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Saturday’s forecast promises a wintry mix and some down-right chilly temperatures. Some might say that is perfect weather for a car ride together visiting the warm hospitality of the Christmas Home Tour.
Beginning at 3 p.m., four homeowners will open their doors and welcome in folks seeking a little comfort from the cold and some down-home holiday cheer. Along the way, visitors might just pick up a decorating idea or two.
For Elk Creek resident Kim Davis, she hopes that some of those touring her home will leave tidbits of their own behind.
“I would love to know more about the house,” said Davis of the home she has shared with husband, Ray, and their children for the past seven years.
Shortly after agreeing to participate in this year’s home tour, Davis went in search of facts about previous owners. Luckily, she didn’t have to go far. Just down the road she found 93-year-old Lula McGee who recalled first moving into the home in 1939.
According to Davis, McGee said that the house was known by locals as the Old Morgan McClain place. The previous owner, a Mrs. Smith, said at one time a large brick house had stood on that very spot, but burned. As the story goes, it was a Mr. McClain who rebuilt the original home that now stands.
McGee said that within weeks of moving in the house with her husband, Herbert, and their new baby, it caught fire again.
“She said there was never usually any traffic on the road, but that day a lot of people drove by and all the men formed a fire brigade to put the fire out,” said Davis.
After living in the home for 30 years, the McGees moved out and a series of new owners took over. Owners with last names like Henry, Bell and Holland.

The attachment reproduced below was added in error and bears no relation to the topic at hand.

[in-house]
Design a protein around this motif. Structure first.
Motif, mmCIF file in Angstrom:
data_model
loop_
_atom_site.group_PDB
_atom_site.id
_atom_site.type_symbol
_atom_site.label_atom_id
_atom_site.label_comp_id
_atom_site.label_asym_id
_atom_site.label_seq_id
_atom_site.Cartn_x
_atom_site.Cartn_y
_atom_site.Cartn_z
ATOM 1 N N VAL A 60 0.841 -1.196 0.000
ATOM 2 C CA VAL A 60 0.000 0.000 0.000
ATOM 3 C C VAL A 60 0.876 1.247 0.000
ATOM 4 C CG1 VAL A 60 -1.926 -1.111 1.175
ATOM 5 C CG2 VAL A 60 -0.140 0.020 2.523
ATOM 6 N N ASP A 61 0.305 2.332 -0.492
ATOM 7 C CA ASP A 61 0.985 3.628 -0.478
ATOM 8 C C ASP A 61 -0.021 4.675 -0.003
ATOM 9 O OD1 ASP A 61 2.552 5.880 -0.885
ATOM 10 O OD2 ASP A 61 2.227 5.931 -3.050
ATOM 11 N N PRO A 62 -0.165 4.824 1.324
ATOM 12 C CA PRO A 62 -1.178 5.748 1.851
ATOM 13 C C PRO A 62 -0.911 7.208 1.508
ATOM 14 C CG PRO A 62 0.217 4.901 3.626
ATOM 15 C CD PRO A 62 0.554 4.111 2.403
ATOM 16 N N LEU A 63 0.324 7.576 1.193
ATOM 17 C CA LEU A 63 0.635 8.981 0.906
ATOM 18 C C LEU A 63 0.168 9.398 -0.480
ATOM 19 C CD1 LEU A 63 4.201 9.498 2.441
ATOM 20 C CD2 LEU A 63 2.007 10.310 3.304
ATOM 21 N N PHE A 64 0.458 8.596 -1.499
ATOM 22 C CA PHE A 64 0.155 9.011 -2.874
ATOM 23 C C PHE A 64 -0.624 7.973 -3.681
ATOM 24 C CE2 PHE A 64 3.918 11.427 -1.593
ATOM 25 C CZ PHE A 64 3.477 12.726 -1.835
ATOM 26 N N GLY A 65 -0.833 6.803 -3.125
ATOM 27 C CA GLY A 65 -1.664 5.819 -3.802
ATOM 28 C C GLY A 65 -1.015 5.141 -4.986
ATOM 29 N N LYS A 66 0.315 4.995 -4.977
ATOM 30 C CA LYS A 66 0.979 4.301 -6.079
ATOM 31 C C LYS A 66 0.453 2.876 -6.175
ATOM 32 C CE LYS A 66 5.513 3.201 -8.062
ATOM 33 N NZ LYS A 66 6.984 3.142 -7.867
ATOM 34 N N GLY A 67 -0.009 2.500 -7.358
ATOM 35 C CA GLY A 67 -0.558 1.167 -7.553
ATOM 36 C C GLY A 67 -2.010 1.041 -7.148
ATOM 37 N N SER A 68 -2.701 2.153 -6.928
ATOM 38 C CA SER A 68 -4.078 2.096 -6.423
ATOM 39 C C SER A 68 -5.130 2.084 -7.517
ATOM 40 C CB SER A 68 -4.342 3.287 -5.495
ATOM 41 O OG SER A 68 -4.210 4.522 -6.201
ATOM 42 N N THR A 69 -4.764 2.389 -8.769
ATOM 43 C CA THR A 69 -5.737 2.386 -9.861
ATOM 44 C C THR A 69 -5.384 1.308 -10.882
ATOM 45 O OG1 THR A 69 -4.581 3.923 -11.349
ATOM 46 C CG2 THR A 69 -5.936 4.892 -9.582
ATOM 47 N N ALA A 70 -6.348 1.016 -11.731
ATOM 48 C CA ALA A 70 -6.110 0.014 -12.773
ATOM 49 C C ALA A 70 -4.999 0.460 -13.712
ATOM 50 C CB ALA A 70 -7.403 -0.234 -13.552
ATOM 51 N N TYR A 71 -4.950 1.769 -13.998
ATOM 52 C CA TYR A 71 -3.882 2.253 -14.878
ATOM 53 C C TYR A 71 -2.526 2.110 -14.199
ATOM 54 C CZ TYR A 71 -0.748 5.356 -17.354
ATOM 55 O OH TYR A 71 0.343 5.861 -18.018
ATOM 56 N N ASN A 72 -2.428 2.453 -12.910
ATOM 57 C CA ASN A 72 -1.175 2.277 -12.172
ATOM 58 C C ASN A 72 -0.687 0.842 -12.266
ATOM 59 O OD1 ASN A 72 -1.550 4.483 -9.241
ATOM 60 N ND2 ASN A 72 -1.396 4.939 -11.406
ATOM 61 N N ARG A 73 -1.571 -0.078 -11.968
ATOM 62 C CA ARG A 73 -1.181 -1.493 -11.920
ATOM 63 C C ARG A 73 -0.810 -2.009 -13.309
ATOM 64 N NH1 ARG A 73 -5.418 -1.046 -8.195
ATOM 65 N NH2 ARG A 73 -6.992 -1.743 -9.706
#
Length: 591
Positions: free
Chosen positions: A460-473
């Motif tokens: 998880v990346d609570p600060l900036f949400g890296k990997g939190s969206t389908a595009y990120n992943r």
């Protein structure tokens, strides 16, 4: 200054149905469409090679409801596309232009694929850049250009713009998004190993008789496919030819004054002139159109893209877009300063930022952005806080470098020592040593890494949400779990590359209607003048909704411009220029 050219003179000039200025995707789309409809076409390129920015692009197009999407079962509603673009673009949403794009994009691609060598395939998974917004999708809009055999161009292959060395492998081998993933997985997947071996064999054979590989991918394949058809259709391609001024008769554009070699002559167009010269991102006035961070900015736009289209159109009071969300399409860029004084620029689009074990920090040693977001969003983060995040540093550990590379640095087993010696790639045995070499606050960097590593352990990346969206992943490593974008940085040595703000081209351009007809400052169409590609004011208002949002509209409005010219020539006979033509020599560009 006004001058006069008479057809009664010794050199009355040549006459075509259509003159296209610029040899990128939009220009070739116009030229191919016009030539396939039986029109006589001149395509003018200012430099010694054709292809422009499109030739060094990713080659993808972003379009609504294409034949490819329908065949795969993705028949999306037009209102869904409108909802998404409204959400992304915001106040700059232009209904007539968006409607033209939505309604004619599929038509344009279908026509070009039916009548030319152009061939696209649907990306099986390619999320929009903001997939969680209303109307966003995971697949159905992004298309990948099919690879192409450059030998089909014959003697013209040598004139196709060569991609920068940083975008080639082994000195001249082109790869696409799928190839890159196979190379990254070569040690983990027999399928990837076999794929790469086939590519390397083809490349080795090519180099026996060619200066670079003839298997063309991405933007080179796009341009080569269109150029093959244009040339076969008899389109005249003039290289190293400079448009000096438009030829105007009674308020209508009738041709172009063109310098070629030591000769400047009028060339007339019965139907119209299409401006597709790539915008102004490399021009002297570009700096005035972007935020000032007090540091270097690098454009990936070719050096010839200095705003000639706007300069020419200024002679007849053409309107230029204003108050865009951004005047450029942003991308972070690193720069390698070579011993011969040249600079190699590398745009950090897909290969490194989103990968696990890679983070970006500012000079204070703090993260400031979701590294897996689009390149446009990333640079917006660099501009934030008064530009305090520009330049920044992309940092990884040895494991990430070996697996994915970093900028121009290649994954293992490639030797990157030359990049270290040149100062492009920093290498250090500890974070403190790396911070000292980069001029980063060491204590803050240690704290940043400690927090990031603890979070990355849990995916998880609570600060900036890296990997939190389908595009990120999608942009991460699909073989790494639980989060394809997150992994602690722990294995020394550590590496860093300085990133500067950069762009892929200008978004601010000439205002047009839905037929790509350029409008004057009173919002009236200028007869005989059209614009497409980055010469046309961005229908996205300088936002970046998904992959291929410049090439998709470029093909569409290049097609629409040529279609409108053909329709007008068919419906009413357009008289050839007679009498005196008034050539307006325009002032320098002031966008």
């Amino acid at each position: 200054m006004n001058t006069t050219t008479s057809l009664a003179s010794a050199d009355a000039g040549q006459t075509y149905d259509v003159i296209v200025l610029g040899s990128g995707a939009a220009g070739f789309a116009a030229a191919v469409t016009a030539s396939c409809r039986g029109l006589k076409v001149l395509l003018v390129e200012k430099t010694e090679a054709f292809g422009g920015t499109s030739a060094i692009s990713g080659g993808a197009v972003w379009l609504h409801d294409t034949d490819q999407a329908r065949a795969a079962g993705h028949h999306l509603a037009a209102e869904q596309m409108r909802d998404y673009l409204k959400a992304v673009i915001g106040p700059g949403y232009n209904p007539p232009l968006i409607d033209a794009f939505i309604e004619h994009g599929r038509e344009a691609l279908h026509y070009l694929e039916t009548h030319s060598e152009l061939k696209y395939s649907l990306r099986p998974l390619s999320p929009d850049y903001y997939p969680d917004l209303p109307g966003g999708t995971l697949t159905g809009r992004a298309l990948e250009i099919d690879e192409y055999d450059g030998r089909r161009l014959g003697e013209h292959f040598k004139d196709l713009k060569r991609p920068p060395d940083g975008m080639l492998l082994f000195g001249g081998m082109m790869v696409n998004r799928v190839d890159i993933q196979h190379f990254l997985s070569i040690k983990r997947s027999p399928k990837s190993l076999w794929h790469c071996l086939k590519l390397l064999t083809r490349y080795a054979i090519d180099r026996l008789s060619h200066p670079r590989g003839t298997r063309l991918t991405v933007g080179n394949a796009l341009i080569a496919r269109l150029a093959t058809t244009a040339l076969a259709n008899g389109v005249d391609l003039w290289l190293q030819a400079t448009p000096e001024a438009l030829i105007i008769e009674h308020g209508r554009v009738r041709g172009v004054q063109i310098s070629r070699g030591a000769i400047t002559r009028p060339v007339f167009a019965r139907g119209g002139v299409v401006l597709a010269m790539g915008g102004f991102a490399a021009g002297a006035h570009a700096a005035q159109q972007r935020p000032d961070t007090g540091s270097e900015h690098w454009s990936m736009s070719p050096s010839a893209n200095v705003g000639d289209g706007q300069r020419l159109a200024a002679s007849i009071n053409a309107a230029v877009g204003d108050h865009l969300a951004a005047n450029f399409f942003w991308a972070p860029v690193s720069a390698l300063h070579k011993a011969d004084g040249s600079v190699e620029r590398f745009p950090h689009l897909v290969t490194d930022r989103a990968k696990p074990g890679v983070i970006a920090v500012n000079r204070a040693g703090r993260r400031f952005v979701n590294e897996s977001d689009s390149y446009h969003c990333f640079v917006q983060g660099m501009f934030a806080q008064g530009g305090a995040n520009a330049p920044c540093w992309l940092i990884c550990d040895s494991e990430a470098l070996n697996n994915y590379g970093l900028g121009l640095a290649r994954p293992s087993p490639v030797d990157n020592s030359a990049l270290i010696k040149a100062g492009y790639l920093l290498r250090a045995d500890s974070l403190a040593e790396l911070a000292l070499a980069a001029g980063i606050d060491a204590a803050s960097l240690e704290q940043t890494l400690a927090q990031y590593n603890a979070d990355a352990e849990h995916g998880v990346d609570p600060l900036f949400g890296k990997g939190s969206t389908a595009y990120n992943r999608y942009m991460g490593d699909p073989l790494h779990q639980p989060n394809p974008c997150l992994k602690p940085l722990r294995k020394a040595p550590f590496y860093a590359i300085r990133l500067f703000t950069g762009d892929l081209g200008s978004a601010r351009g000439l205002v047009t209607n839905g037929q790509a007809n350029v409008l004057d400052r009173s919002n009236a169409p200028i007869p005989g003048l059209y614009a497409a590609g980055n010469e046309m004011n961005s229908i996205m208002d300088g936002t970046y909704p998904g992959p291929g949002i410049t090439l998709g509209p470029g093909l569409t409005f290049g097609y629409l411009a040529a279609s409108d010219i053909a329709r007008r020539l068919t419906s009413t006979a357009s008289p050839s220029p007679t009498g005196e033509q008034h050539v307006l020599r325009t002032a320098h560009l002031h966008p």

With new owners also came new additions to the old farmhouse. There was the first indoor bathroom, a furnace, and a carport that later became a family room. The Davises have made their stamp as well with the additions of a fish pond, pool, hot tub, and a garden shed.
While little in the way of details may be known about the Davis house, it is a well-known landmark in the community. Nestled along bustling Elk Creek Road, the old farm house is quickly noticed for its peacock color and inviting white picket fence.
Another inviting old farm house on the Christmas Home Tour is the Little Mount residence owned by Lowry and Phoebe Brown. Originally a one and a half story log cabin built in 1860, this home boasts a “new” addition dating back to 1907.
“We like the feel of this house,” said Phoebe, “there’s so many neat parts to it.”
The house contains a total of three distinct staircase designs: a rather normal straight staircase in the rear of the home, the ornamental parlor staircase with its original banister, and a set of crooked stairs typically seen in log cabins. With five bedrooms and three baths, the house contains about 4,000 sq. ft. of living space – something that was in high demand when Lowry was growing up in the home during the 1940s.
“There was always at least 10 people living here,” said Lowry.
When Lowry’s parents, JD and Mary Frances (McClain) Brown, first moved into the home to care for his grandmother there were six of them living in the home. In time, four more children were added to the family. This required that two of the porches be enclosed for more bedroom space.
“There are so many memories here,” said Lowry. “There were always extra kids hanging around. We would go outside and my mother wouldn’t see us again until the sun went down. It was a fun time.”
Eight years ago the Browns bought the family home, but it took them another four years to move in. In the meantime, they replaced carpets, uncovered wood floors, installed three HVAC units, added two bathrooms and replaced old wiring and plumbing.
“It is a beautiful, old house full of memories, history and charm,” said Phoebe, but one that contains 21st century conveniences.
The Christmas Home Tour will be held Saturday from 3 p.m. until 8 p.m. Participants can purchase tickets at the Red Scooter, located on Main Street, the day of the event for $15. Guests will be given a map to home sites included in this self-guided tour. Main Street Committee members encourage participants to begin the evening with an open house at the Red Scooter and end with treats and live music at the Sanctuary Arts Center.